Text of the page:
Lucas wrote several books on the philosophy of science and space-time (see below). In "A treatise on time and space" he introduced a transcendental derivation of the Lorenz Transformations based on Red and Blue exchanging messages (in Russian and Greek respectively) from their respective frames of reference which demonstrates how these can be derived from a minimal set of philosophical assumptions.

In "The Future" Lucas gives a detailed analysis of tenses and time, arguing that "the Block universe gives a deeply inadequate view of time. It fails to account for the passage of time, the pre-eminence of the present, the directedness of time and the difference between the future and the past" [ "The Future" p8] and in favour of a tree structure in which there is only one past or present (at any given point in spacetime) but a large number of possible futures. "We are by our own decisions in the face of other men's actions and chance circumstances weaving the web of history on the loom of natural necessity" [op. cit. p4]

Through his collaboration with Peter E. Hodgson on space-time and causality, Lucas has an Erdős number of 6.

Career highlights

*1942-7. Schooled at St Mary's College, Winchester (commonly known as Winchester College)
*1947-51. Attended Balliol College, Oxford on a scholarship.
*1951. BA with 1st Class Honours, Greats.
*1951-3. Harmsworth Senior Scholar, Merton College, Oxford.
*1952. John Locke Scholarship, Oxford University.
*1953-6. Junior Research Fellow, Merton College, Oxford.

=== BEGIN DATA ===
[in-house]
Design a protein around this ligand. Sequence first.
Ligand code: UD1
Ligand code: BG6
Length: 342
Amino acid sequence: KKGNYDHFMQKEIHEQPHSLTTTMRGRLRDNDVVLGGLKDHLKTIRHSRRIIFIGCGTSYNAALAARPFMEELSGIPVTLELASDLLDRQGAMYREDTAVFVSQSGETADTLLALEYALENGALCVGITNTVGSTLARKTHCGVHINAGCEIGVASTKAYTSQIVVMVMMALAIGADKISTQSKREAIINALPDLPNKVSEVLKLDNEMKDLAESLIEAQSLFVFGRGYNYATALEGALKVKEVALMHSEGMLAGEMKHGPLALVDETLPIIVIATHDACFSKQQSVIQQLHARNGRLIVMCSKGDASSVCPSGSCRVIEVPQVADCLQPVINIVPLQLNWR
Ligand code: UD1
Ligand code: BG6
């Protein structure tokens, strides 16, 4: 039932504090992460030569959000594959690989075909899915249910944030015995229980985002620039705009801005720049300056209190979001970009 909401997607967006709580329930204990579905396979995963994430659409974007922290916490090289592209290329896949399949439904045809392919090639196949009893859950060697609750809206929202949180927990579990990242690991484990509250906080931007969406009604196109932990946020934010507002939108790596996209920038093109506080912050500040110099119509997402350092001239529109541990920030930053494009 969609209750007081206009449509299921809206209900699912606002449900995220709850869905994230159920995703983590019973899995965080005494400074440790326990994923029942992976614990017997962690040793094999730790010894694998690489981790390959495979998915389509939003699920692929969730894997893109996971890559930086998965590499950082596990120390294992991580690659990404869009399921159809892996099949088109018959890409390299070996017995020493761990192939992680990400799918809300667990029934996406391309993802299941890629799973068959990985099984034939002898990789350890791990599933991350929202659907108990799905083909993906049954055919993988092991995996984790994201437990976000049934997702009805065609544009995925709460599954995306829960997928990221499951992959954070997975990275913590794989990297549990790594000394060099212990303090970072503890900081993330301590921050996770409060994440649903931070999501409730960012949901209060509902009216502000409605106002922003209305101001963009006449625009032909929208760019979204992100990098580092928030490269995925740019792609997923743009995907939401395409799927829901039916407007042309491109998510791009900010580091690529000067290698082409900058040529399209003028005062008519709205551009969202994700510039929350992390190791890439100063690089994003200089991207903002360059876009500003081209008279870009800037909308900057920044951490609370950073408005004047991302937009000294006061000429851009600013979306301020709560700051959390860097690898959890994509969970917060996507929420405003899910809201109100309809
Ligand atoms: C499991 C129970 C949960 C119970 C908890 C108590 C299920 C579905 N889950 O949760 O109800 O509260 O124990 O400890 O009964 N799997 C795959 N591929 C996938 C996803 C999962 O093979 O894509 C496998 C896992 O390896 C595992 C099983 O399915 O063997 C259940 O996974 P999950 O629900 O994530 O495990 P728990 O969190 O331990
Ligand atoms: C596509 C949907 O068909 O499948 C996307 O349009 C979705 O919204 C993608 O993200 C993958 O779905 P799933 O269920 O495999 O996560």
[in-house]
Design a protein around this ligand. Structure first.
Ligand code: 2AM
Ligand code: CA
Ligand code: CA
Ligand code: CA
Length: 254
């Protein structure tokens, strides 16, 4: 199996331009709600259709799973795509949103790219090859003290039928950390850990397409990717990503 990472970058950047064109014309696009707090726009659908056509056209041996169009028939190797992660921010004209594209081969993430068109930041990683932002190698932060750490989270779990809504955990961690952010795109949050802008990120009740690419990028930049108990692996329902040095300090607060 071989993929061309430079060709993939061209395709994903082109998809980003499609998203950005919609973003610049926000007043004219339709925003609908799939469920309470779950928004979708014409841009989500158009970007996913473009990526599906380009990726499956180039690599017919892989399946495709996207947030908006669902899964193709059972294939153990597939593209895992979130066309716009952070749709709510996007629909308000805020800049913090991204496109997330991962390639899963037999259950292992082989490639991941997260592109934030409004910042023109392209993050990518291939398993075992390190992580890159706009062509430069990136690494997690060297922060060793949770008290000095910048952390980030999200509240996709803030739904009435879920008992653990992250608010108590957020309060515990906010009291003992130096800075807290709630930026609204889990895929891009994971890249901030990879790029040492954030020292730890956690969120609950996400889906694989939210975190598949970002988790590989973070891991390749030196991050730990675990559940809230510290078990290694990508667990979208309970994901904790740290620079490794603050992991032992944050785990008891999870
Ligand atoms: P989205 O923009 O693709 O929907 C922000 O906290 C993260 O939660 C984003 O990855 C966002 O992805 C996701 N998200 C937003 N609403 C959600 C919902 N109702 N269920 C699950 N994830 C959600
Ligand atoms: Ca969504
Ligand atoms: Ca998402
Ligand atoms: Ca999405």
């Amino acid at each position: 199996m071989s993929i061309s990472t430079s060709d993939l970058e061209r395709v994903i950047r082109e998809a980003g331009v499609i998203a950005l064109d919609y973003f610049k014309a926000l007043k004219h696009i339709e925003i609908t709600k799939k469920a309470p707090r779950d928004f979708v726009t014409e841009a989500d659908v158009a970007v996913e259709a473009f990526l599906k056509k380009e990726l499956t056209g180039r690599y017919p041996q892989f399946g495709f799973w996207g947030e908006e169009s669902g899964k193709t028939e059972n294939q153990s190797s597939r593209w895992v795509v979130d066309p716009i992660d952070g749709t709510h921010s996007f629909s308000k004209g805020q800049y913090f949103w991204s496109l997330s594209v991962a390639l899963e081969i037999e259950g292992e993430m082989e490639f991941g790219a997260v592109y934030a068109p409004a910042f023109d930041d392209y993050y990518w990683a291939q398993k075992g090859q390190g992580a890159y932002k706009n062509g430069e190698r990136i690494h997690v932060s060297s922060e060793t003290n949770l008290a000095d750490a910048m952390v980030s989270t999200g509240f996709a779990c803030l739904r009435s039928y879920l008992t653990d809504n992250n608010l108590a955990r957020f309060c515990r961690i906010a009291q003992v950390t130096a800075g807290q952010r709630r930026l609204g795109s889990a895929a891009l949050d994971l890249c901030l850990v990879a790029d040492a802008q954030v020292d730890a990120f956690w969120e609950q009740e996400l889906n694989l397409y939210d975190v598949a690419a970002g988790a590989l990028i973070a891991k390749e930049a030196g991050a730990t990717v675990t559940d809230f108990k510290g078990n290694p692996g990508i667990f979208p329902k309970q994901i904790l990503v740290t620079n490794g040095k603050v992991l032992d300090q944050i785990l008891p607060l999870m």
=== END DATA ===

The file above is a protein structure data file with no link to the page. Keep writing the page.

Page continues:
*1956-9. Fellow and Assistant Tutor, Corpus Christi College, Cambridge.
*1957-8. Jane Eliza Procter Visiting Fellow, Princeton University.
*1959-60. Leverhulme Research Fellow, the University of Leeds.
*1960-96. Fellow and Tutor of Merton College, Oxford.
*1988. Elected a Fellow of the British Academy.
*1990-6. Reader in Philosophy, Oxford University.
*1991-3. President, British Society for the Philosophy of Science.


*1966. "Principles of Politics" (edited). ISBN 0-19-824774-5
*1970. "The Concept of Probability". ISBN 0-19-824340-5
*1970. "The Freedom of the Will". ISBN 0-19-824343-X
*1972. [
] . (with A. J. P. Kenny, H. C. Longuet-Higgins, and C. H. Waddington; 1972 Gifford Lectures) ISBN 0-85-224235-2
*1973. [
] . (with A. J. P. Kenny, H.C.Longet-Higgins, and C.H.Waddington; 1973 Gifford Lectures) ISBN 0-85-224263-8
*1973. "A Treatise on Time and Space". ISBN 0-416-75070-2
*1976. "Essays on Freedom and Grace". ISBN 0-281-02932-6
*1976. "Democracy and Participation". ISBN 0-14-021882-3
*1978. "Butler's Philosophy of Religion Vindicated". ISBN 0-907078-06-0
*1980. "On Justice". ISBN 0-19-824598-X
*1985. "Space, Time and Causality" (with P. E. Hodgson). ISBN 0-19-875057-9
*1989. "The Future". ISBN 0-631-16659-9
*1990. "Spacetime and Electromagnetism" (with P. E. Hodgson). ISBN 0-19-852038-7
*1993. "Responsibility". ISBN 0-19-823578-X
*1997. "Ethical Economics" (with M. R. Griffiths). ISBN 0-312-16398-3
*1999. "Conceptual Roots of Mathematics". ISBN 0-415-20738-X
*2003. "An Engagement with Plato's Republic" (with B.G. Mitchell). ISBN 0-7546-3366-7
*2006. "Reason and Reality", freely available as a series of .pdf files on Lucas's website (below).


External links

*Lucas, John R., 2002, " [ The Godelian Argument,] " "The Truth Journal".
* [ Home page of J. R. Lucas,] with much online material.